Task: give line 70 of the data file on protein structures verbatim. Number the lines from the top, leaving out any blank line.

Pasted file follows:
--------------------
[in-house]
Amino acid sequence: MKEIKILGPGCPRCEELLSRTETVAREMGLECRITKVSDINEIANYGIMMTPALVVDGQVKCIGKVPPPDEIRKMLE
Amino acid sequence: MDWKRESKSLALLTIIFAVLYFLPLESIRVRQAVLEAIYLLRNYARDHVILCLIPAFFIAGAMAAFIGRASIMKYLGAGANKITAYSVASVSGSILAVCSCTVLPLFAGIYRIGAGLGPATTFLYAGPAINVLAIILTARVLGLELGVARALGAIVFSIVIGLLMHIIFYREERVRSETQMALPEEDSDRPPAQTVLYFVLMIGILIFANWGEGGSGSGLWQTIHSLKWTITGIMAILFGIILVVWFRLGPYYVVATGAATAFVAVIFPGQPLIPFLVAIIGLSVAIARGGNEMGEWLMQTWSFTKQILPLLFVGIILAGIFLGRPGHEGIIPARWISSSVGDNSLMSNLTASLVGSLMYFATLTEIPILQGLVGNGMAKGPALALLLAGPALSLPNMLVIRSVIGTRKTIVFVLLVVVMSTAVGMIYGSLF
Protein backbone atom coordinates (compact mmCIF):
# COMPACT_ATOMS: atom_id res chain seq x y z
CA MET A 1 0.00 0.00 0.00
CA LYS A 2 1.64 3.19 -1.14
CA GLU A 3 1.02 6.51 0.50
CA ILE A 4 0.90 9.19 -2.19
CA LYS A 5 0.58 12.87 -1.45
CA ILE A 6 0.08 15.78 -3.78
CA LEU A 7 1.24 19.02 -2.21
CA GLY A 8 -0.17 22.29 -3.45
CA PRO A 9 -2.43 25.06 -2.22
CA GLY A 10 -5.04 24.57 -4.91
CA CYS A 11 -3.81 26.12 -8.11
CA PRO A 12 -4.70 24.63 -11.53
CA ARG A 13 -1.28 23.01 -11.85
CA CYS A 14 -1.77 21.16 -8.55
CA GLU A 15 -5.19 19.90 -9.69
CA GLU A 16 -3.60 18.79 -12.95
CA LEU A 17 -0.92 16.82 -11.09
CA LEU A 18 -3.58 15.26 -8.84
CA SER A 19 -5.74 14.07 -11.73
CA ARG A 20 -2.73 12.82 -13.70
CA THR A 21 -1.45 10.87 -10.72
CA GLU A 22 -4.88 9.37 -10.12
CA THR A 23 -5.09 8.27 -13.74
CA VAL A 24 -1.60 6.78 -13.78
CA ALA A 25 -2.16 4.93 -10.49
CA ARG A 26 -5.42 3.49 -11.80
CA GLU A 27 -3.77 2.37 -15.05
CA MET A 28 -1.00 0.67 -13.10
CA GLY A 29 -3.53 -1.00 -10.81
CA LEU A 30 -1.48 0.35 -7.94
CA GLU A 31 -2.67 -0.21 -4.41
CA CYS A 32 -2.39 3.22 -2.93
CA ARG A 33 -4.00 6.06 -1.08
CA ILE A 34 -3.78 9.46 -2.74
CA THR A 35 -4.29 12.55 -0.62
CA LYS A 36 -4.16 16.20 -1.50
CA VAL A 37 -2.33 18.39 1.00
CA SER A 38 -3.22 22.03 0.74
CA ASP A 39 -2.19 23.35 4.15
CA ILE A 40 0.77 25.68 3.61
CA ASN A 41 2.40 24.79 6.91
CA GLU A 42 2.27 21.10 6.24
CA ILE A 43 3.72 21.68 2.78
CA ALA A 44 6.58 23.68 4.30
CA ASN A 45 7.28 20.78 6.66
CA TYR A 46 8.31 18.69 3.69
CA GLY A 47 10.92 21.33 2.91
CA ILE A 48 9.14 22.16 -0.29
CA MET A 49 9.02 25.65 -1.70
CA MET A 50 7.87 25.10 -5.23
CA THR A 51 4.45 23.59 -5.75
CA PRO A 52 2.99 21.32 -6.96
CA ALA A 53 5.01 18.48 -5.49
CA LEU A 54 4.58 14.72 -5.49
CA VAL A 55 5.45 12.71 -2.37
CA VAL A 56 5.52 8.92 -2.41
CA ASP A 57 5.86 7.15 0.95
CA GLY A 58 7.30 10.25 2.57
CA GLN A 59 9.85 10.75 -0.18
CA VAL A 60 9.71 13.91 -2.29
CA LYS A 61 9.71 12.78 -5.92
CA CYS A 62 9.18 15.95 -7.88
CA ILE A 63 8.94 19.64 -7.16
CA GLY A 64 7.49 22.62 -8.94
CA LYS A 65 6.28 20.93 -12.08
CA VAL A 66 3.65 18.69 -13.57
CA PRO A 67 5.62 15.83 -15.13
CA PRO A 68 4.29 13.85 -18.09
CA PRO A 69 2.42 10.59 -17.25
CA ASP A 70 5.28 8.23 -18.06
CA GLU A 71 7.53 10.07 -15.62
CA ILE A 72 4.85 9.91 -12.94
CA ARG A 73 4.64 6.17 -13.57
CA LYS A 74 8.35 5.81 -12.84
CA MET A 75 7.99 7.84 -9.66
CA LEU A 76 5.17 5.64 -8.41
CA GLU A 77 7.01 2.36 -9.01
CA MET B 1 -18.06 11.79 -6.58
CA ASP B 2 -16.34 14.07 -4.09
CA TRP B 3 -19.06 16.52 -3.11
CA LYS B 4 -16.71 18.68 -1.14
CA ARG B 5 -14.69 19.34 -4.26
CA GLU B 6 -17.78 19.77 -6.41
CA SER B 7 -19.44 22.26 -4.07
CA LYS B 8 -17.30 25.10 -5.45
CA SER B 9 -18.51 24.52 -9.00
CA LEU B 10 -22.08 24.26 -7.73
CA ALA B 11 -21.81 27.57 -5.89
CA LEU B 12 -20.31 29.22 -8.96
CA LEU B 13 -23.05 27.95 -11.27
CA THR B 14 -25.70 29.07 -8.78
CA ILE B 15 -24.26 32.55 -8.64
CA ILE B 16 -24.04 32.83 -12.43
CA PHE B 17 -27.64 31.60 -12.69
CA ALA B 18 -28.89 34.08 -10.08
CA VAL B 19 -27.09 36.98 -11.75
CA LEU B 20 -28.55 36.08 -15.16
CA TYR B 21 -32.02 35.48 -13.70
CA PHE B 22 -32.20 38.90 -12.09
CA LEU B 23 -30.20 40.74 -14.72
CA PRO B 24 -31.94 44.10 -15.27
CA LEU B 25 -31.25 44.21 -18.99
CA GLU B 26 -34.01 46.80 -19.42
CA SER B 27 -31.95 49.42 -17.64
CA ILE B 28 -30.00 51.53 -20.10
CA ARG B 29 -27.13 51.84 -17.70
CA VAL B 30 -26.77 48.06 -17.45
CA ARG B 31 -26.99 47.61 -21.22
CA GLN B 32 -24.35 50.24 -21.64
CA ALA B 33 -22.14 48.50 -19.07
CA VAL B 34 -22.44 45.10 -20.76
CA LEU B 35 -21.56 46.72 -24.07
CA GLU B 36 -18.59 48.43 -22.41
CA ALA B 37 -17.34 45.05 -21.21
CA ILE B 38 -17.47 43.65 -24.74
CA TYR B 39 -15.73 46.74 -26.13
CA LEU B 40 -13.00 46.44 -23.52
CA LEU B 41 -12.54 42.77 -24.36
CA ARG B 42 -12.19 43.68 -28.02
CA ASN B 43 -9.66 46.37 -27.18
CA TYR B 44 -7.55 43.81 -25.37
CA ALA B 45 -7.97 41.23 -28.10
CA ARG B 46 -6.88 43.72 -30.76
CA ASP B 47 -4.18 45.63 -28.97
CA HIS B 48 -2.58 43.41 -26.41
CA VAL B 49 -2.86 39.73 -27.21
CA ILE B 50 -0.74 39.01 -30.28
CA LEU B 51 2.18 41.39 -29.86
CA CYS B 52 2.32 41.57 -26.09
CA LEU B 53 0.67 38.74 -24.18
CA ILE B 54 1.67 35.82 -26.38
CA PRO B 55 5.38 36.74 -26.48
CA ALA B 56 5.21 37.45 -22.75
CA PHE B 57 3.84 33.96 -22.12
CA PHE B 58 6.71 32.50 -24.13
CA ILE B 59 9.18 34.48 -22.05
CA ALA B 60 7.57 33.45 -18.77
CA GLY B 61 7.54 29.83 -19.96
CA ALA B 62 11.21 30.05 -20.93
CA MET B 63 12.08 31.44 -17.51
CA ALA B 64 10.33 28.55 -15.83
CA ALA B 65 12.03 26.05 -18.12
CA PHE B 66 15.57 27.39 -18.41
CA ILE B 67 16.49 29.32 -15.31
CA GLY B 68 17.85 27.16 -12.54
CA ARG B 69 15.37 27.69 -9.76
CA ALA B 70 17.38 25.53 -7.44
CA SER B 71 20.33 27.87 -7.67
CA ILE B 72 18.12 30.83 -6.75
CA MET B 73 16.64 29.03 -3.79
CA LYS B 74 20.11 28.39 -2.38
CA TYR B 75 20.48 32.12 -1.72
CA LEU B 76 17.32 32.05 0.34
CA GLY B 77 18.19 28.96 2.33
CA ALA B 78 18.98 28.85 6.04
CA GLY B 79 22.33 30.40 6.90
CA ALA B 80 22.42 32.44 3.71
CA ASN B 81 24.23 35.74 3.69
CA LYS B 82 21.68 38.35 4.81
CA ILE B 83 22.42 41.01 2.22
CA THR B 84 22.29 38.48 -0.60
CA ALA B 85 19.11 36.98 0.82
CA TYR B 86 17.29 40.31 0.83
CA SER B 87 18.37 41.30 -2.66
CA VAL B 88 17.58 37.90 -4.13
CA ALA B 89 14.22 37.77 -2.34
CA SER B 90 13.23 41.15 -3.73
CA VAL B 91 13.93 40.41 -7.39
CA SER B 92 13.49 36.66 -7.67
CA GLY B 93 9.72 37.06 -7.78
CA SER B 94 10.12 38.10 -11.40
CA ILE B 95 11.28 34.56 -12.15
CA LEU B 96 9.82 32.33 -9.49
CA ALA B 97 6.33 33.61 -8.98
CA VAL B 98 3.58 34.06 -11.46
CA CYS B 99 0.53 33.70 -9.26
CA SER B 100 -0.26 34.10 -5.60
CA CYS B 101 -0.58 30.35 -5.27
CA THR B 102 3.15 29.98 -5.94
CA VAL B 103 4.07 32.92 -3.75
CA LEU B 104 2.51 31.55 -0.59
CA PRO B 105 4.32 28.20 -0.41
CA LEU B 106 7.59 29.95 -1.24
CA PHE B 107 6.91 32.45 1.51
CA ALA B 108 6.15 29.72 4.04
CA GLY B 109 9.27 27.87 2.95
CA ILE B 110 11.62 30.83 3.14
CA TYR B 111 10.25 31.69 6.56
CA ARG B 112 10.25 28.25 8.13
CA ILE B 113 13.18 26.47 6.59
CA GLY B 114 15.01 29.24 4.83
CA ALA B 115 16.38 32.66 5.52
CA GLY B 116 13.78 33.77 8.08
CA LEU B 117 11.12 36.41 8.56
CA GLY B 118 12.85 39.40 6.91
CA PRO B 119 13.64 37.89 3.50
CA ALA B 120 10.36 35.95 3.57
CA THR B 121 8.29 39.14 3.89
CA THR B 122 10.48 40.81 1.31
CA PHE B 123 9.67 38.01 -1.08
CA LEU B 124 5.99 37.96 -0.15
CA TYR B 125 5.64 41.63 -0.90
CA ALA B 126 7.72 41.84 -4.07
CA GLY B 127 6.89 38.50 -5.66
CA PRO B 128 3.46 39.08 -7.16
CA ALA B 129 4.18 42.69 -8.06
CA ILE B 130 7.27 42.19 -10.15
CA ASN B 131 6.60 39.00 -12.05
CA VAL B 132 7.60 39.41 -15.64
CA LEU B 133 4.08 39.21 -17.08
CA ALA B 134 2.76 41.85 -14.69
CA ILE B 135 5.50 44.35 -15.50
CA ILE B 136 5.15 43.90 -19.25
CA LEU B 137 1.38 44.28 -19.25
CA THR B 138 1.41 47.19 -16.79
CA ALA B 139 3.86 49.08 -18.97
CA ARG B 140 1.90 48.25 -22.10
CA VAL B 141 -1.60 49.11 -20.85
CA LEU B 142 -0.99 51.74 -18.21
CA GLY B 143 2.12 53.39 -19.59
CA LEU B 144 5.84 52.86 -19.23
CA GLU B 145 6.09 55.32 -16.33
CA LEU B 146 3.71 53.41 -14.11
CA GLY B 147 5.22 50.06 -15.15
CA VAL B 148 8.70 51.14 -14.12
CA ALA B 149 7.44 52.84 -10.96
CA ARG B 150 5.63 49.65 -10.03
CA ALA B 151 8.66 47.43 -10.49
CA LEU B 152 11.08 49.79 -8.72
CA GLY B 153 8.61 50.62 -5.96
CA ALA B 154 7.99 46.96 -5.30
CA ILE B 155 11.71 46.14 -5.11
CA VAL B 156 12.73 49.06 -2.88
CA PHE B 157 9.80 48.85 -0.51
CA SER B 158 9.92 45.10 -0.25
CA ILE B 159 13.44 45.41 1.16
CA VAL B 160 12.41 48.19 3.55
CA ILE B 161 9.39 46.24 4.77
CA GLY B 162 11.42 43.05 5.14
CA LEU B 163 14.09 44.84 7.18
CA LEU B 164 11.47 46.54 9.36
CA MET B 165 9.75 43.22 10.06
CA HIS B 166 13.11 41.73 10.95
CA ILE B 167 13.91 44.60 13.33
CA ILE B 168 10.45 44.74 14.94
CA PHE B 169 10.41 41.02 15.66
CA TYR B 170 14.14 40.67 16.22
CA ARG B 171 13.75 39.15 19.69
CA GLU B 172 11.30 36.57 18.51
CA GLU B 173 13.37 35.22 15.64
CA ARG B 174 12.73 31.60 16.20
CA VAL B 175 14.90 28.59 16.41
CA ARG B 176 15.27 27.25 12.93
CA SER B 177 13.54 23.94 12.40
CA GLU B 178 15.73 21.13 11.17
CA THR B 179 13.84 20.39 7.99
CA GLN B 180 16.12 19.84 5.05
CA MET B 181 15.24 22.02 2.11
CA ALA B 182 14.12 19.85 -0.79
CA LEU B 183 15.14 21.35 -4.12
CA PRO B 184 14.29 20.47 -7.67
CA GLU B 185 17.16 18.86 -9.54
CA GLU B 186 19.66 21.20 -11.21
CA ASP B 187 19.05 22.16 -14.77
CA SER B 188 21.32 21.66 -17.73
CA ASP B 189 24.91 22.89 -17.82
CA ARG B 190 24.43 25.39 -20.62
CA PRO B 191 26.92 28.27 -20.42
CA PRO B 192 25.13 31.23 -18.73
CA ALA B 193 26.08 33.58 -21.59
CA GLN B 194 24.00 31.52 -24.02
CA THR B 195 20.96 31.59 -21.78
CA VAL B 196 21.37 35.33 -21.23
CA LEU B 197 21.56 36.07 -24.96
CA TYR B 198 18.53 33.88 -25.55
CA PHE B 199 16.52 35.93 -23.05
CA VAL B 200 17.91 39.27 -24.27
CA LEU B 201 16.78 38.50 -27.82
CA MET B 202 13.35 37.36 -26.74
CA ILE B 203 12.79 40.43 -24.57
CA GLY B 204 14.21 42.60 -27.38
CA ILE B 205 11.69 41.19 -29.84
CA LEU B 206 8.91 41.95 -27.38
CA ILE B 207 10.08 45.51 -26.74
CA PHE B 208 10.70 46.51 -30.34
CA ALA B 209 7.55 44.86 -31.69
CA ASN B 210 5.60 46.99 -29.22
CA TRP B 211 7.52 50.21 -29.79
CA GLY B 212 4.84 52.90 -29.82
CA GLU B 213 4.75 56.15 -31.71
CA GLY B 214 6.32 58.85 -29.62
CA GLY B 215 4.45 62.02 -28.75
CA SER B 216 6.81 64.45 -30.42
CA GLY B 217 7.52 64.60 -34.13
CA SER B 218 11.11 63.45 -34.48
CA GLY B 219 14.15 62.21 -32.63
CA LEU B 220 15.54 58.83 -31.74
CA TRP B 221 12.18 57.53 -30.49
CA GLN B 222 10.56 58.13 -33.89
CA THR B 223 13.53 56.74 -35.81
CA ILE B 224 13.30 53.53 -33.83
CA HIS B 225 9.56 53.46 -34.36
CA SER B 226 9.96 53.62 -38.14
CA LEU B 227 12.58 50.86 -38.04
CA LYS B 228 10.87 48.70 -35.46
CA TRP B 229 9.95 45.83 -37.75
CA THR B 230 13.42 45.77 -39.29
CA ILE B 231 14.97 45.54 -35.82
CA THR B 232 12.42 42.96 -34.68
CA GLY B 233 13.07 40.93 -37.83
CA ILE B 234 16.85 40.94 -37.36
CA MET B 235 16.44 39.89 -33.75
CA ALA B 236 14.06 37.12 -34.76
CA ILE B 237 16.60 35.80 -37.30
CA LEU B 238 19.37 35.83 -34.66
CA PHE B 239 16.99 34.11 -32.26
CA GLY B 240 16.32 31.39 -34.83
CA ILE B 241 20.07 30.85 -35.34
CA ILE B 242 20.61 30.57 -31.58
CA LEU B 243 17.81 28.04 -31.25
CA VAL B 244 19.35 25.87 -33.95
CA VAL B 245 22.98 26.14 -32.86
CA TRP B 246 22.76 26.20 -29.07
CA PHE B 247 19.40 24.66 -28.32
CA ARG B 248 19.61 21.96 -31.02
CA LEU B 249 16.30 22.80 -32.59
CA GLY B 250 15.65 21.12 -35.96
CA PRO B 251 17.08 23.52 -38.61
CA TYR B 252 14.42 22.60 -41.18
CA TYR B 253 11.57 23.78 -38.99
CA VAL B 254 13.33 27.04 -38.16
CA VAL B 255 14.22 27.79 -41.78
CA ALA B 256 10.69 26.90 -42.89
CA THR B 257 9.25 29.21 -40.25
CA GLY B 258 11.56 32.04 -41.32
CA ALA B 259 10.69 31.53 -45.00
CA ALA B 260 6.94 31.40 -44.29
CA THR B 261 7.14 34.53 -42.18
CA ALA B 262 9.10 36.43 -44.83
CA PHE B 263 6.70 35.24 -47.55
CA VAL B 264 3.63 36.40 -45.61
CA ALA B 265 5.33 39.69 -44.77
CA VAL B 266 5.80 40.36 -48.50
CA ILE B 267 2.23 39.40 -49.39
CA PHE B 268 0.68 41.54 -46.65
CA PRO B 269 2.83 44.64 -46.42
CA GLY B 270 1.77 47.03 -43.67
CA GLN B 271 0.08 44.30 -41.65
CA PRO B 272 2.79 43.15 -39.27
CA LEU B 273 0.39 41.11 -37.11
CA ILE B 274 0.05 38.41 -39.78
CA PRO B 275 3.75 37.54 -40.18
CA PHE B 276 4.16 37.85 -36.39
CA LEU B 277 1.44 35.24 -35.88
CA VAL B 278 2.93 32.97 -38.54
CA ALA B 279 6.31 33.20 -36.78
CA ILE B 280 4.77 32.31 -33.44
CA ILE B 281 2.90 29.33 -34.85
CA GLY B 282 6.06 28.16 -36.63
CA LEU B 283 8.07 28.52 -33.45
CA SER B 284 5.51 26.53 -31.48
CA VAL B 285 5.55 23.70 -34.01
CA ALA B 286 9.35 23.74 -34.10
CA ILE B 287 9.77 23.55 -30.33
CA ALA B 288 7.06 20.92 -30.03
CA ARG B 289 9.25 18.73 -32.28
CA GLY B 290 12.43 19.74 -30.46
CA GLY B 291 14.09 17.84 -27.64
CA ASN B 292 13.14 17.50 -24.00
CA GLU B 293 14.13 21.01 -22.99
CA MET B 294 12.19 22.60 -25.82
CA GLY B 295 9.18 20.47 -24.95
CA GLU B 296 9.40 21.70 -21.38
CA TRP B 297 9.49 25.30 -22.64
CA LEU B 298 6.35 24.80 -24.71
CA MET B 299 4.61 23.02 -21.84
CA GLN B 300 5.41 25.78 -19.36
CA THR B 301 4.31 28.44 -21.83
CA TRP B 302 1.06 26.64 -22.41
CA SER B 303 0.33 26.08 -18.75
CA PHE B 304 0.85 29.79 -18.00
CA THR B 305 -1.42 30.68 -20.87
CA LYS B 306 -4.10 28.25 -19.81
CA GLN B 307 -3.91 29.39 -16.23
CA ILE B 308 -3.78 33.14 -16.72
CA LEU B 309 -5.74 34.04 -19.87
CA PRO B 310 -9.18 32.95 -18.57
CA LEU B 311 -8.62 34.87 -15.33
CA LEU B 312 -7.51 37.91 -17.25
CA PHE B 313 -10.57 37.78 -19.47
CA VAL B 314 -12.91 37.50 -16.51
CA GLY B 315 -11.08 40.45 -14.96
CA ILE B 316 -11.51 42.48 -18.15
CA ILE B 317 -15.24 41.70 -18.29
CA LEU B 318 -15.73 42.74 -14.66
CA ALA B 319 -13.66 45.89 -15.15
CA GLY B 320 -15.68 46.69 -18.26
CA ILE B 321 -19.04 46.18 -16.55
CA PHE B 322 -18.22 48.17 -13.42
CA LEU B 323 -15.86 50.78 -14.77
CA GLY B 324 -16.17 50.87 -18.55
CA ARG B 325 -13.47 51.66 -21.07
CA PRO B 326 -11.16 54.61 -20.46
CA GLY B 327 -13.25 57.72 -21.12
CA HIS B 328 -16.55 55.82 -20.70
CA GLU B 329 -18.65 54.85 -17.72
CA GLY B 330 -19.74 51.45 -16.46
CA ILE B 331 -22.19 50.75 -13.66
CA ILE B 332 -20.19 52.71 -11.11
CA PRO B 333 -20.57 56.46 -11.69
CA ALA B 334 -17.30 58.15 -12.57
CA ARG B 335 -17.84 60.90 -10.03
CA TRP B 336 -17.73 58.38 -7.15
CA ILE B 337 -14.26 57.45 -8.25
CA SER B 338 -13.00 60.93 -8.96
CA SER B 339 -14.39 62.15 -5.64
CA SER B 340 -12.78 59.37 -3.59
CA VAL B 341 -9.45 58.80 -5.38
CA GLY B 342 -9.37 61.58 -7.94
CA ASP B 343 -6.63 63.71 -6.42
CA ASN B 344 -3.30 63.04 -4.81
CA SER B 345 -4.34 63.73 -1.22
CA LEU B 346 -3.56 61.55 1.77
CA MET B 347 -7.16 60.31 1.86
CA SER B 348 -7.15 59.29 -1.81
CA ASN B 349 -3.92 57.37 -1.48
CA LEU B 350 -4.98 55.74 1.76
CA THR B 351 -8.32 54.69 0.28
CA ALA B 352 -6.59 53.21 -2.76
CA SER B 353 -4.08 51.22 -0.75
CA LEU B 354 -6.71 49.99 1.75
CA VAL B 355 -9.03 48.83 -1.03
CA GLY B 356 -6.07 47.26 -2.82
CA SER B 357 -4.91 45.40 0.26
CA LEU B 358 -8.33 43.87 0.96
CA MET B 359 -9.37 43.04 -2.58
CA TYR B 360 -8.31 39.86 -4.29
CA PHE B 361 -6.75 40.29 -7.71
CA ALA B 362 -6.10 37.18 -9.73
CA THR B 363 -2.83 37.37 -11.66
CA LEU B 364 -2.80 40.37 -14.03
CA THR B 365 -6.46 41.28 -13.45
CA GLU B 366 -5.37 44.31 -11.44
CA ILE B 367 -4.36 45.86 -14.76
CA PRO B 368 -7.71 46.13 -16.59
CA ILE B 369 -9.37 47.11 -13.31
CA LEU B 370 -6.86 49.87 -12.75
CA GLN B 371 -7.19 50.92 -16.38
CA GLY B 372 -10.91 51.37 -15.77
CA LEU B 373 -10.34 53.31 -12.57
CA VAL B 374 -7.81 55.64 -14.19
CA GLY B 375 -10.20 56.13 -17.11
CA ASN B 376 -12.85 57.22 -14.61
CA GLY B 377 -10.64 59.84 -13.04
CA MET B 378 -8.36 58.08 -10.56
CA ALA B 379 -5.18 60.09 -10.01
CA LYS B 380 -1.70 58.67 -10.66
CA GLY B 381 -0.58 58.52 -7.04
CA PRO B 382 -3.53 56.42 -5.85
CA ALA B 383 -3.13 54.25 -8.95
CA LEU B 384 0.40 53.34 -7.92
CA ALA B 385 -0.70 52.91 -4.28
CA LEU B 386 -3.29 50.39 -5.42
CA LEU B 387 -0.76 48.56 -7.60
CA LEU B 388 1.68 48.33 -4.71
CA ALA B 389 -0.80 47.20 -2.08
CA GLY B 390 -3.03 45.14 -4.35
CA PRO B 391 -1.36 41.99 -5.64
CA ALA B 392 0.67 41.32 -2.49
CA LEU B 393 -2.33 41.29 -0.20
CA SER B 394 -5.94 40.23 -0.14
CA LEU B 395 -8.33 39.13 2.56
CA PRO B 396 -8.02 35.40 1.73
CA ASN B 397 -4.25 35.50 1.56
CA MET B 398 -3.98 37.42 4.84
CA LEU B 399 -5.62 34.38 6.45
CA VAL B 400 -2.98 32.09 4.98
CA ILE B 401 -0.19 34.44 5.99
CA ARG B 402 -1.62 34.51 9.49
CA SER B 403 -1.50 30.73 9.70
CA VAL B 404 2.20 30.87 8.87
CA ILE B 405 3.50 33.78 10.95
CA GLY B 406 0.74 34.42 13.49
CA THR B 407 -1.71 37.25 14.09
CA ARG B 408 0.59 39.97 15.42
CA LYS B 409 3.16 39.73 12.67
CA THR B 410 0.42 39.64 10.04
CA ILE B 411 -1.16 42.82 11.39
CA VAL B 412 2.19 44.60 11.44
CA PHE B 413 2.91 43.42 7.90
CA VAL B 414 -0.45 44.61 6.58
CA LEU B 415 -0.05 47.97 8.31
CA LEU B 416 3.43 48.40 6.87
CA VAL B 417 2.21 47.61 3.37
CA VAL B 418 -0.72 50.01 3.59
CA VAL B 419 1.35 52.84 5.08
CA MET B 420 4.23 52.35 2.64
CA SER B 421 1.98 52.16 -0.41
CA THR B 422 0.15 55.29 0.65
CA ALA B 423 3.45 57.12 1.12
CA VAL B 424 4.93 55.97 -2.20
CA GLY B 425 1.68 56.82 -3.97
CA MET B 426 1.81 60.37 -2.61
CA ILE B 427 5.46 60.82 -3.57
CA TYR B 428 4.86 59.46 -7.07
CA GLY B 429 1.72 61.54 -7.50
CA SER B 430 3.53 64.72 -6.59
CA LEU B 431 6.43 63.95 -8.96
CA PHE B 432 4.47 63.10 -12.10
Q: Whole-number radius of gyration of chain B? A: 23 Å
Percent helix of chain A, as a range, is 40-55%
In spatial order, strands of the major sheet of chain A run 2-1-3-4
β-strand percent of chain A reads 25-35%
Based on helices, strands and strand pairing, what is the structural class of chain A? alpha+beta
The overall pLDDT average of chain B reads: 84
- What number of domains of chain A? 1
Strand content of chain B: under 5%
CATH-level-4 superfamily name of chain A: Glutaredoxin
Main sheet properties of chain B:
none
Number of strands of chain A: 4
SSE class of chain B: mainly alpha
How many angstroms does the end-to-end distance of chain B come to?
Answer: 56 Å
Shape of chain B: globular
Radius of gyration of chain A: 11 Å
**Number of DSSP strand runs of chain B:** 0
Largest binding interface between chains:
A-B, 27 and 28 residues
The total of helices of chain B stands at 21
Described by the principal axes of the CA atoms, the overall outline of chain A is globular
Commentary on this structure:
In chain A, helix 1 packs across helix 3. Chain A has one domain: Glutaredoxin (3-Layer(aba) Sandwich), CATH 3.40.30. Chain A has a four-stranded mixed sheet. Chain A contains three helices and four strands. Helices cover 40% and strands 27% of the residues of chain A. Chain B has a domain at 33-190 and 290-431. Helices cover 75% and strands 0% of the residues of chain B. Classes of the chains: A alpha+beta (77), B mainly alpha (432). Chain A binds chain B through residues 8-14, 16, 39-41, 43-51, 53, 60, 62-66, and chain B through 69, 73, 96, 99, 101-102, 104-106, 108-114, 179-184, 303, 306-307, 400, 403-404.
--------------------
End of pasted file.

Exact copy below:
CA LYS A 65 6.28 20.93 -12.08